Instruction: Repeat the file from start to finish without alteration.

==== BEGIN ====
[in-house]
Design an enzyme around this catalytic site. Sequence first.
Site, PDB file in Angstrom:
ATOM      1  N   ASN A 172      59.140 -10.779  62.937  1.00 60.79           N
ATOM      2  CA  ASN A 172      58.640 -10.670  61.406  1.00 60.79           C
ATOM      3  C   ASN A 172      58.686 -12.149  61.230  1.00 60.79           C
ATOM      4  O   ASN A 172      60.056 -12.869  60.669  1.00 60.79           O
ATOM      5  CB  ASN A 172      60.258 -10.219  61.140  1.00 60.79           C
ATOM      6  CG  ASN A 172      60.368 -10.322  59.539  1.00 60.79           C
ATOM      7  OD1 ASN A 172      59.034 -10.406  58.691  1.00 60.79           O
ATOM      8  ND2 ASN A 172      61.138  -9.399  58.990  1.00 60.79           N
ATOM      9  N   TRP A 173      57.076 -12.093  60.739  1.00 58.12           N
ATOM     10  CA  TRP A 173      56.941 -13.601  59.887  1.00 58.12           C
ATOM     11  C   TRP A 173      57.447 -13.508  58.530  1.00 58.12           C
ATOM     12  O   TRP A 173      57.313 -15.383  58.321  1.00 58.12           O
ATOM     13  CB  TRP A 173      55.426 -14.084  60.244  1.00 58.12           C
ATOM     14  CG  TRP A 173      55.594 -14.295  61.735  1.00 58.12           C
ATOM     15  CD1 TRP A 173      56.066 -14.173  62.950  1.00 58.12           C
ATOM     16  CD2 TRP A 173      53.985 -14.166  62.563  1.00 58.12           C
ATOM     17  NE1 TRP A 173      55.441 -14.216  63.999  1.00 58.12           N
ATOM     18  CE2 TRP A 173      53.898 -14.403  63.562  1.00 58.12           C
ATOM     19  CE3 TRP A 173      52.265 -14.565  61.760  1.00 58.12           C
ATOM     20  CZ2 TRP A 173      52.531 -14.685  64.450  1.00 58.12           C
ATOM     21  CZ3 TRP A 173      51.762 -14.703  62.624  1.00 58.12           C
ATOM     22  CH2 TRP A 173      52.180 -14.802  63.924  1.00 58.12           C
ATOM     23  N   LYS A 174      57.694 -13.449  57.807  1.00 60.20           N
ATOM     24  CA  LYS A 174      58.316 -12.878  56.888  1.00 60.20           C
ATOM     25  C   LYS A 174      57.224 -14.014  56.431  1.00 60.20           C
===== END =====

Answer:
[in-house]
Design an enzyme around this catalytic site. Sequence first.
Site, PDB file in Angstrom:
ATOM      1  N   ASN A 172      59.140 -10.779  62.937  1.00 60.79           N
ATOM      2  CA  ASN A 172      58.640 -10.670  61.406  1.00 60.79           C
ATOM      3  C   ASN A 172      58.686 -12.149  61.230  1.00 60.79           C
ATOM      4  O   ASN A 172      60.056 -12.869  60.669  1.00 60.79           O
ATOM      5  CB  ASN A 172      60.258 -10.219  61.140  1.00 60.79           C
ATOM      6  CG  ASN A 172      60.368 -10.322  59.539  1.00 60.79           C
ATOM      7  OD1 ASN A 172      59.034 -10.406  58.691  1.00 60.79           O
ATOM      8  ND2 ASN A 172      61.138  -9.399  58.990  1.00 60.79           N
ATOM      9  N   TRP A 173      57.076 -12.093  60.739  1.00 58.12           N
ATOM     10  CA  TRP A 173      56.941 -13.601  59.887  1.00 58.12           C
ATOM     11  C   TRP A 173      57.447 -13.508  58.530  1.00 58.12           C
ATOM     12  O   TRP A 173      57.313 -15.383  58.321  1.00 58.12           O
ATOM     13  CB  TRP A 173      55.426 -14.084  60.244  1.00 58.12           C
ATOM     14  CG  TRP A 173      55.594 -14.295  61.735  1.00 58.12           C
ATOM     15  CD1 TRP A 173      56.066 -14.173  62.950  1.00 58.12           C
ATOM     16  CD2 TRP A 173      53.985 -14.166  62.563  1.00 58.12           C
ATOM     17  NE1 TRP A 173      55.441 -14.216  63.999  1.00 58.12           N
ATOM     18  CE2 TRP A 173      53.898 -14.403  63.562  1.00 58.12           C
ATOM     19  CE3 TRP A 173      52.265 -14.565  61.760  1.00 58.12           C
ATOM     20  CZ2 TRP A 173      52.531 -14.685  64.450  1.00 58.12           C
ATOM     21  CZ3 TRP A 173      51.762 -14.703  62.624  1.00 58.12           C
ATOM     22  CH2 TRP A 173      52.180 -14.802  63.924  1.00 58.12           C
ATOM     23  N   LYS A 174      57.694 -13.449  57.807  1.00 60.20           N
ATOM     24  CA  LYS A 174      58.316 -12.878  56.888  1.00 60.20           C
ATOM     25  C   LYS A 174      57.224 -14.014  56.431  1.00 60.20           C